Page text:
E-Zzz sleep enhancement
By Senior Airman Kristoffer Kaubisch, Minot Air Force Base Public Affairs
/ Published May 06, 2014
MINOT AIR FORCE BASE, N.D. -- Waking up in the morning can sometimes feel like a major ordeal, especially when you're not getting enough rest at night. Your eyes are dry, limbs are heavy and your productivity for the day can end up being at an all-time low.
Without adequate sleep, decreases in work capabilities can be expected. Many Air Force mishaps have cited fatigue as a contributing factor.
A typical person should get between seven to eight hours of sleep a night; however, as people age the need for a longer period of sleep is decreased, according to the Center for Deployment Psychology. Many factors affect nightly sleep including stage of sleep and one's circadian rhythm.
The 5th Medical Group Health Promotions Flight offers sleep hygiene training for shift workers, missilers, and those on flying status.
According to the Center for Deployment Psychology, sleep is a basic human requirement, just like food and water. The demanding schedules required by military operations can have a profound effect on sleep/wake schedules. Ensuring Air Force warfighters are well rested and alert for duty is pivotal to mission success and safety.
Some things that can cause bad sleeping habits are sleeping with pets or children in your bed, having alcohol before going to sleep, pain, some medications, vitamins, and supplements can affect your sleeping habits. Alcohol metabolizes into sugar waking a person up, therefore, causing and interruption in their sleep patterns according to the Center for Deployment Psychology.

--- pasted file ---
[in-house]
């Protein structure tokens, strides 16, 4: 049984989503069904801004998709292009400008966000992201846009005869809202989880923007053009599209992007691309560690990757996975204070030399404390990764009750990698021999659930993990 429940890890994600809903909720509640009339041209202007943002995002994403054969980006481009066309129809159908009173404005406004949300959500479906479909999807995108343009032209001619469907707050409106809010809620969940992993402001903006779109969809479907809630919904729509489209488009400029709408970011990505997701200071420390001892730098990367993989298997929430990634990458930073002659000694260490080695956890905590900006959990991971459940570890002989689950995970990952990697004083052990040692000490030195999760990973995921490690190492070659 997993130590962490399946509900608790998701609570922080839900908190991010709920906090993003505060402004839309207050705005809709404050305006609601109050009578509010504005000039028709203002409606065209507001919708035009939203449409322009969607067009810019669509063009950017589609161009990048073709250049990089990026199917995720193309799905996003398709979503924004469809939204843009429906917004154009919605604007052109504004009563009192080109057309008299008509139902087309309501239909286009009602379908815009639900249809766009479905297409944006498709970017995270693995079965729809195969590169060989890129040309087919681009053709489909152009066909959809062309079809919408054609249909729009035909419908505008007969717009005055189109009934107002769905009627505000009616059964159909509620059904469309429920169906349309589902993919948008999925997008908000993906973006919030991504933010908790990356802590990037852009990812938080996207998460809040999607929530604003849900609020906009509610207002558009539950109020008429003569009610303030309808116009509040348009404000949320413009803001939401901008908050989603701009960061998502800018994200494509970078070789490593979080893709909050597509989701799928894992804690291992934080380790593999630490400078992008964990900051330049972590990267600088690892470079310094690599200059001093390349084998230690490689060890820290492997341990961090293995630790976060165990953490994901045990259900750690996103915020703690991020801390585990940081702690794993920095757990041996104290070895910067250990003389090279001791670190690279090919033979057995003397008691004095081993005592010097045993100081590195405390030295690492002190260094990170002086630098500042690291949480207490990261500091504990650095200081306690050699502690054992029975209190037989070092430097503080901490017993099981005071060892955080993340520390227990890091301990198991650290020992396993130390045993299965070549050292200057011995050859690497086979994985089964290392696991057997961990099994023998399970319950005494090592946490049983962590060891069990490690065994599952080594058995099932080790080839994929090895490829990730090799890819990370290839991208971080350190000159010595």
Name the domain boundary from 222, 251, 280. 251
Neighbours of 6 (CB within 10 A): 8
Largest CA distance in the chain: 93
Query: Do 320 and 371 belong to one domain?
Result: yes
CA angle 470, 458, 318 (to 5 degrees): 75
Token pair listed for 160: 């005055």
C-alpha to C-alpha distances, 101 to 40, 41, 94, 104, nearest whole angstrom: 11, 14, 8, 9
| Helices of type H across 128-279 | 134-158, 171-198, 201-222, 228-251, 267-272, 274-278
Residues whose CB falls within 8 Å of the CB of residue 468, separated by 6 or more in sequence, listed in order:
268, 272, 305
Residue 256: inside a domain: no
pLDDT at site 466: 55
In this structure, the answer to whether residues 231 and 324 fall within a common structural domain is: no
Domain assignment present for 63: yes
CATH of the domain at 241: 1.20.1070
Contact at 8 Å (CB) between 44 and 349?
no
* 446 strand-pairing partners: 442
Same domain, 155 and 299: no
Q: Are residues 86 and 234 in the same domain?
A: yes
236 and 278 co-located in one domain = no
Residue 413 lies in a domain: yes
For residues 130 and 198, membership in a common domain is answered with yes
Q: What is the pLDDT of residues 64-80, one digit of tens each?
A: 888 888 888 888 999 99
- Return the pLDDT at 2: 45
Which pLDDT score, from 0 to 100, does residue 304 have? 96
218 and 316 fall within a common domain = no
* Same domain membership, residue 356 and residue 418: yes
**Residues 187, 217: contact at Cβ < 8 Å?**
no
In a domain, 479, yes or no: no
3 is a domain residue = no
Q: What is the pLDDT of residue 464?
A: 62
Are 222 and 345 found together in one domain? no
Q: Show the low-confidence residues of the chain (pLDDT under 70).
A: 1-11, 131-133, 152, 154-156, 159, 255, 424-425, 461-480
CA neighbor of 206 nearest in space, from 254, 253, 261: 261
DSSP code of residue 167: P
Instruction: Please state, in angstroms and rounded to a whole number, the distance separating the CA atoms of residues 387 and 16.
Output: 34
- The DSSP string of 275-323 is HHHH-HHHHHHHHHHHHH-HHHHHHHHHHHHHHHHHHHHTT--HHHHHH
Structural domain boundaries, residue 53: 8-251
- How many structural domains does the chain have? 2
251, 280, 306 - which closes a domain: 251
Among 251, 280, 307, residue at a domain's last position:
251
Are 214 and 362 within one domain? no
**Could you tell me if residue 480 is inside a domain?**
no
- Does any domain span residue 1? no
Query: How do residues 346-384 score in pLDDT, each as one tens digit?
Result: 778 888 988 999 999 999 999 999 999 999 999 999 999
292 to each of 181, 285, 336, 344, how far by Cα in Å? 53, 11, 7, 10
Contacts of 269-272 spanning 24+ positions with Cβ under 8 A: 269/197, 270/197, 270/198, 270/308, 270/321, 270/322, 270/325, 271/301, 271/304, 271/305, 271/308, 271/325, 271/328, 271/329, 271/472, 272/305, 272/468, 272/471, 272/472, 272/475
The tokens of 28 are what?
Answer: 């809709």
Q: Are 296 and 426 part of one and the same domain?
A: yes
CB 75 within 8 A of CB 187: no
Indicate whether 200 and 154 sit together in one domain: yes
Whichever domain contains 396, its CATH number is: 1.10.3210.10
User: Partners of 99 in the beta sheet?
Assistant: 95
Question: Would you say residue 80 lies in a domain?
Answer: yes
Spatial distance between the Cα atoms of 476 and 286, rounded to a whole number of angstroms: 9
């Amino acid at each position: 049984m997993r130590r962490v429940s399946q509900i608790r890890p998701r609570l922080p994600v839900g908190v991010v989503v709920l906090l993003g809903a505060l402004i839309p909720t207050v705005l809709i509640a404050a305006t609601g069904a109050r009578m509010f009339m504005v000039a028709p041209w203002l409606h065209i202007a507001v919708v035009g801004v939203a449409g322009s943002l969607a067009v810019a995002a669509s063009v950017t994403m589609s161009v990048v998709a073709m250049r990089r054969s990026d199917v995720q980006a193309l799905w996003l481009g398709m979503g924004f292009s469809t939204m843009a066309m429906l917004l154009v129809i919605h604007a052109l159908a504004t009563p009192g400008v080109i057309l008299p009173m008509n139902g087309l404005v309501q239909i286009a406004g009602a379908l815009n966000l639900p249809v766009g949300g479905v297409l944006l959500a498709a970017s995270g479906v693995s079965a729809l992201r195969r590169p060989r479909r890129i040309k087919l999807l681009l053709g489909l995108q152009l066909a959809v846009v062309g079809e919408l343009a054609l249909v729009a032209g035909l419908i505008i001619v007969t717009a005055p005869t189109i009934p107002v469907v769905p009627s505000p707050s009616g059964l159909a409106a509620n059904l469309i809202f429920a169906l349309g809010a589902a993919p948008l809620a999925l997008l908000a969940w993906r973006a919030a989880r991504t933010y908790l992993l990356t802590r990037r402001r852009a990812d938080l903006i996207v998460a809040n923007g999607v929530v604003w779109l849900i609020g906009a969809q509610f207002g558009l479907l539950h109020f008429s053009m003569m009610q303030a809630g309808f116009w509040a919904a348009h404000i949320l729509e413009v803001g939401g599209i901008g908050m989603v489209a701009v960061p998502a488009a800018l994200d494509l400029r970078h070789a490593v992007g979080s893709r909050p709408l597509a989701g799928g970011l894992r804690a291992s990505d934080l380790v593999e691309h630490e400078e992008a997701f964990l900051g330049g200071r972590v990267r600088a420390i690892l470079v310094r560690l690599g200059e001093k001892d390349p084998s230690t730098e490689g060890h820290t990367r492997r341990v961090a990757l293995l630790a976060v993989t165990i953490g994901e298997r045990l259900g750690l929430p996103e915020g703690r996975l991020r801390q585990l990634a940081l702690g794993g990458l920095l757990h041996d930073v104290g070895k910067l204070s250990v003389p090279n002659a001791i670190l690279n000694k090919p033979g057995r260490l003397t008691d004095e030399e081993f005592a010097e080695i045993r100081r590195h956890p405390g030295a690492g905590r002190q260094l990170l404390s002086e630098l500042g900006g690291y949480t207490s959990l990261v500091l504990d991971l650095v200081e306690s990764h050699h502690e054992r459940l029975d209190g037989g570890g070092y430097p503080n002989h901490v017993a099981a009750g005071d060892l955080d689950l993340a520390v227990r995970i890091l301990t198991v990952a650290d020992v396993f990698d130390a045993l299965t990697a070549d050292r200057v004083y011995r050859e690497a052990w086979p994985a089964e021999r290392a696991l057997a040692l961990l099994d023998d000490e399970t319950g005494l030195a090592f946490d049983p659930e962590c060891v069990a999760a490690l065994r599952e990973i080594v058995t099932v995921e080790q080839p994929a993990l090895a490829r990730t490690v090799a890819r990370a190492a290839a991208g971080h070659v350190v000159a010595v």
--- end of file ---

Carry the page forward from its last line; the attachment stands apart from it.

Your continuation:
"If you do not get an adequate amount of sleep, your ability to concentrate and energy level will be decreased, thus, causing a challenge to perform at optimal levels," said Carbo.
A few hours of lost sleep can affect performance at work. If you have to get up and go to work the next day, you may feel sluggish and unproductive. Your workload may even be tougher than usual.
There are many things a person can do to help stay alert during the work day if they are suffering from lack of sleep.
"Take breaks, get up and walk around approximately every hour if mission allows," Carbo says. "If you are able to change tasks frequently, change your focus in order to stay alert."
Insufficient sleep can cause impaired memory, inability to focus, weight gain, diabetes, more prone to infections, and decreased ability to learn and retain information, said Carbo.
Getting better sleep at night is not only applicable for the work day, but there is also health risks involved with inadequate sleep.
For Airmen seeking further assistance and information regarding better sleep, the Mental Health Clinic offers a sleep enhancement class. The class teaches health risks, things that can affect good sleep, caffeine effects, sleep enhancement tips, ways to fall asleep faster, relaxation/deep breathing exercise, stress busting, and sensory experiences.
Anyone can attend the class and they meet every Wednesday at 2 p.m. at the Mental Health Clinic.